Course Descriptions

Fall 2017 Class Descriptions

Judicial Externship (Shaun P. Martin)
LWVL598

1 - 6 credit(s), P/F Graded
Requirement(s): Experiential
Concentration(s): Employment and Labor Law (LLMG), Employment and Labor Law (JD), Criminal Litigation (JD), Civil Litigation (JD)
Prerequisite(s): Preferred: First-Year Curriculum, Trial Advocacy- (trial-court placements), Criminal Procedure (appellate-court placements), Criminal Procedure (magistrate judge placements), Criminal Procedure (criminal-dept. placements)

The Judicial Internship Program allows students to receive academic credit for work in a judge's chambers in San Diego. Students must work 50 hours per unit of credit. In addition to the work component of the Program, students enrolled in the program will have regular contact with the Program's instructor, Professor Martin, who will meet with students individually, and review samples of the student's refelctive and written work from the internship. Students can secure their own internship position or can meet with Professor Martin for guidance in securing a placement. The internship is graded on a pass/fail basis. Students must receive approval from Professor Martin to register for this program.

 How to Register For A Judicial Externship For Credit

Note: Students must receive approval from Professor Martin to register for this program. There are limitations on JD concentration eligibility. Please check the concentration web pages for more information.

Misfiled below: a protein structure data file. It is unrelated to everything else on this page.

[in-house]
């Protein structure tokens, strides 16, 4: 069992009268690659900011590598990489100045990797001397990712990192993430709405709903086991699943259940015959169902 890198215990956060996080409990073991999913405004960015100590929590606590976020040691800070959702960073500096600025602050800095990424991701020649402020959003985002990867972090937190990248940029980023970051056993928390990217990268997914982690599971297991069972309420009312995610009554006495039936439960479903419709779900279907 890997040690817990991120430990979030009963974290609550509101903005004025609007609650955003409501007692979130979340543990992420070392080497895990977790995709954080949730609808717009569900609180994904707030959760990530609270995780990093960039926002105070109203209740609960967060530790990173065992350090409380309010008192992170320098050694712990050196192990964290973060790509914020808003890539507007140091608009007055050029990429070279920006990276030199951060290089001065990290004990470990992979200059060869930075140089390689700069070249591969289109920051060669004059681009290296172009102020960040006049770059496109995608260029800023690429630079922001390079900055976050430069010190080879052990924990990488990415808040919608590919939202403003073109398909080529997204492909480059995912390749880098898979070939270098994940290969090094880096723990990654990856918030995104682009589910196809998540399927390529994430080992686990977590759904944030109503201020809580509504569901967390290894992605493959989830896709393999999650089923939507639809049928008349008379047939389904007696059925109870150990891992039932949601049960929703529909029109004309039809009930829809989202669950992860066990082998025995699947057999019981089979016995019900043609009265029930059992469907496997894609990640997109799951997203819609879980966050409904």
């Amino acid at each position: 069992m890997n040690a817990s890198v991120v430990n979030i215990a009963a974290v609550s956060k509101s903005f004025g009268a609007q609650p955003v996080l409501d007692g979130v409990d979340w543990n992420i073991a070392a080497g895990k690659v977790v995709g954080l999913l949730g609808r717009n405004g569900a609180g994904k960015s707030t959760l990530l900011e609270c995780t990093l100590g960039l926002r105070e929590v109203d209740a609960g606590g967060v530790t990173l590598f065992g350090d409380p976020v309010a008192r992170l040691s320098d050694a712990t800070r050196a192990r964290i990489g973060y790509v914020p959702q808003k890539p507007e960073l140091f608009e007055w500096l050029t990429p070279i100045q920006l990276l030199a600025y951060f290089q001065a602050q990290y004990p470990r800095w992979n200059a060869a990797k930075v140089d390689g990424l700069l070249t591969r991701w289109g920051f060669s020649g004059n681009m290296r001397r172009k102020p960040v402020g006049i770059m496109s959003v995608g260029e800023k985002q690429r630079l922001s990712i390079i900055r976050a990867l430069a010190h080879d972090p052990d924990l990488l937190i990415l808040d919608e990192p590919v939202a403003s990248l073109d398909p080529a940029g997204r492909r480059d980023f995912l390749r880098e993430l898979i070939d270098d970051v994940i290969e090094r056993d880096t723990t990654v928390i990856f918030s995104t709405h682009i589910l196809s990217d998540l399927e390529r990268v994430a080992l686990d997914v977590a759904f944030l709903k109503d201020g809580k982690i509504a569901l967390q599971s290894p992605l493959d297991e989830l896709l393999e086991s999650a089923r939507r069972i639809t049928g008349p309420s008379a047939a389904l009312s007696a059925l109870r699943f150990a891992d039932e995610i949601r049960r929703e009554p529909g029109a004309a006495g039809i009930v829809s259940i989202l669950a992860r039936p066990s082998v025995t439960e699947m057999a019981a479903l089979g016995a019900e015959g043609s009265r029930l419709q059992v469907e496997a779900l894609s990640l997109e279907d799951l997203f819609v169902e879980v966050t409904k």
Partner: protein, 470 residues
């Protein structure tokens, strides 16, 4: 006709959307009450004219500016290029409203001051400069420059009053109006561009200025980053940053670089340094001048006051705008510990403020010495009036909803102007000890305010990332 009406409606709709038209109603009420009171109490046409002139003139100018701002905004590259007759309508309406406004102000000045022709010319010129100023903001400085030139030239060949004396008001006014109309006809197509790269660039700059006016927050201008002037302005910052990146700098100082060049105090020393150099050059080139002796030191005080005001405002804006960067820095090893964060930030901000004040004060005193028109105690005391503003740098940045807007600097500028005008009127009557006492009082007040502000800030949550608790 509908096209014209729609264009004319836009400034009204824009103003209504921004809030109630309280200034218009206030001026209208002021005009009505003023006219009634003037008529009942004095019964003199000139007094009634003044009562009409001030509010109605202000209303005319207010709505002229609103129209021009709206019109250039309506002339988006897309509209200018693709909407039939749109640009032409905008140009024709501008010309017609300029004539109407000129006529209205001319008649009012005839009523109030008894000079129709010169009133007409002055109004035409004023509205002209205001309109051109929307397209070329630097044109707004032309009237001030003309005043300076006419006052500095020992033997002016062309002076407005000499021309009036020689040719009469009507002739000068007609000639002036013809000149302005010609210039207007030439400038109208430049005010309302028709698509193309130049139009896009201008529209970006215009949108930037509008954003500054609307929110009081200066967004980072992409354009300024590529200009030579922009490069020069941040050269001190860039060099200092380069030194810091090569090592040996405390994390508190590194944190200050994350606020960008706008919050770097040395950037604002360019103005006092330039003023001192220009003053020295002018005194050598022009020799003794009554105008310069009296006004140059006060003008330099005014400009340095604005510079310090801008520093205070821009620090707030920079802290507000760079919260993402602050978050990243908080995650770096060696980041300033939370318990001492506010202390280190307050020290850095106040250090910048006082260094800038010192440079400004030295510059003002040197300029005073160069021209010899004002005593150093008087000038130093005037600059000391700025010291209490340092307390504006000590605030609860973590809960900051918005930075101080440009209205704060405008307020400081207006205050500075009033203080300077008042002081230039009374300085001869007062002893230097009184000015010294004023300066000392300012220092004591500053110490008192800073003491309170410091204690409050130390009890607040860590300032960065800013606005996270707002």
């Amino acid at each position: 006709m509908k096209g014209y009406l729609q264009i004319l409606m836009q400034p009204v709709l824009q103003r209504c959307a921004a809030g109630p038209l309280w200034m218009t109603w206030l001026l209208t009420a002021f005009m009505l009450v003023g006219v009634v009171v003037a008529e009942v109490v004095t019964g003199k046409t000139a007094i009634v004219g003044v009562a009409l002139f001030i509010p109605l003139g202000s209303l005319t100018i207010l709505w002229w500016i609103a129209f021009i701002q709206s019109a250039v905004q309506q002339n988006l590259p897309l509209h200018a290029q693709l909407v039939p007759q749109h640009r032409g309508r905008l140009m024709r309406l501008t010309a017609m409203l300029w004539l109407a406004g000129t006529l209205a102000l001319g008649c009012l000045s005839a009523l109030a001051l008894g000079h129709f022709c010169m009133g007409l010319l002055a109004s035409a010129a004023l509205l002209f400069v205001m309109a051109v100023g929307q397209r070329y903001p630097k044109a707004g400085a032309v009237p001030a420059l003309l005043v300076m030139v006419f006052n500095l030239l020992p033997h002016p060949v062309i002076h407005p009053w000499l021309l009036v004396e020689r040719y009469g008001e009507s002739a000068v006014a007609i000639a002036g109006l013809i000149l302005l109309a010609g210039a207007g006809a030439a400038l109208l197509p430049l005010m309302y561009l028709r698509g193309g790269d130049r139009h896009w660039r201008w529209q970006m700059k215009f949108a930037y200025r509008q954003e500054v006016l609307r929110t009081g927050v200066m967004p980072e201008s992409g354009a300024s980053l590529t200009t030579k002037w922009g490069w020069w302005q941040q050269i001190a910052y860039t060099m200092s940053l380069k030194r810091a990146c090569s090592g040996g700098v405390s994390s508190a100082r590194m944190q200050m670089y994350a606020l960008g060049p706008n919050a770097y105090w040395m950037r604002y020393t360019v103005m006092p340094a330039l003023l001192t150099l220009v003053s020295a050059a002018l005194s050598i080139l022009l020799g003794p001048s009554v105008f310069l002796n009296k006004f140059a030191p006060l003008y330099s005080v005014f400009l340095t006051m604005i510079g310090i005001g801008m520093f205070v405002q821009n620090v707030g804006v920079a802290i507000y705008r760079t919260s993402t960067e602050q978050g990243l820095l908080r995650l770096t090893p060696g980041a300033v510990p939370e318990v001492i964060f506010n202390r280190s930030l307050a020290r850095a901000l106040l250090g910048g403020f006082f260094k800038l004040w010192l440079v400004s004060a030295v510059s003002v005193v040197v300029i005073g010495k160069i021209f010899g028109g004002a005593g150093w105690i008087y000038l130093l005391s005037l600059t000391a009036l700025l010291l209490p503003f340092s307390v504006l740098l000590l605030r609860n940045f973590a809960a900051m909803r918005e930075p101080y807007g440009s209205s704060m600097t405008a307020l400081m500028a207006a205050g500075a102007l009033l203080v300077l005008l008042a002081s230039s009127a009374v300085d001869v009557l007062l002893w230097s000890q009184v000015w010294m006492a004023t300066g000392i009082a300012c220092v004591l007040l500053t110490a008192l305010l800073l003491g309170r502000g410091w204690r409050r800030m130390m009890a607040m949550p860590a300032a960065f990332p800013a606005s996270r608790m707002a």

Additional Information:JD Concentration Web Page, Application

Jurisprudence (Roy L. Brooks)
LWJT530

3 credit(s), Standard Letter Graded
Requirement(s): Writing

There is more than one way of finding a solution to any given legal problem. Some judges search for answers syllogistically, sometimes exaggerating the transparency of text (legal formalism), while others purport to seek solutions through original meaning or close, logical readings of text (e.g., Justice Scalia’s textualism). Still other judges look for answers in the social ends of law, disciplined only by the judge’s personal sense of justice (legal realism) or by well-defined community needs (sociological jurisprudence) or by existing governmental or social arrangements (legal process). This seminar gives students an opportunity to study these judicial techniques and to sharpen their understanding of case analysis. Beyond that, it also gives students an opportunity to explore out-of-the-box thinking about judicial decision making by studying “oppositional” theories of judicial decision making called “critical process.” Unlike “traditional process” (e.g., originalism), critical process seeks to vindicate the norms of “outsider” groups—minorities, women, and LGBT. What would a traditional legal doctrine like personal jurisdiction look like if the Supreme Court were to base its decisions on female norms? (Does the very notion of “female norms” essentialize women?) Brown v. Board of Education, our most important civil rights case, is usually classified under legal realism. How would that case have been decided had it been approached from the perspectives of other norms in traditional process—legal formalism, Scalian textualism, sociological jurisprudence, and legal process—or from critical process? A paper is required. Successful completion of this course satisfies the written-work requirement.

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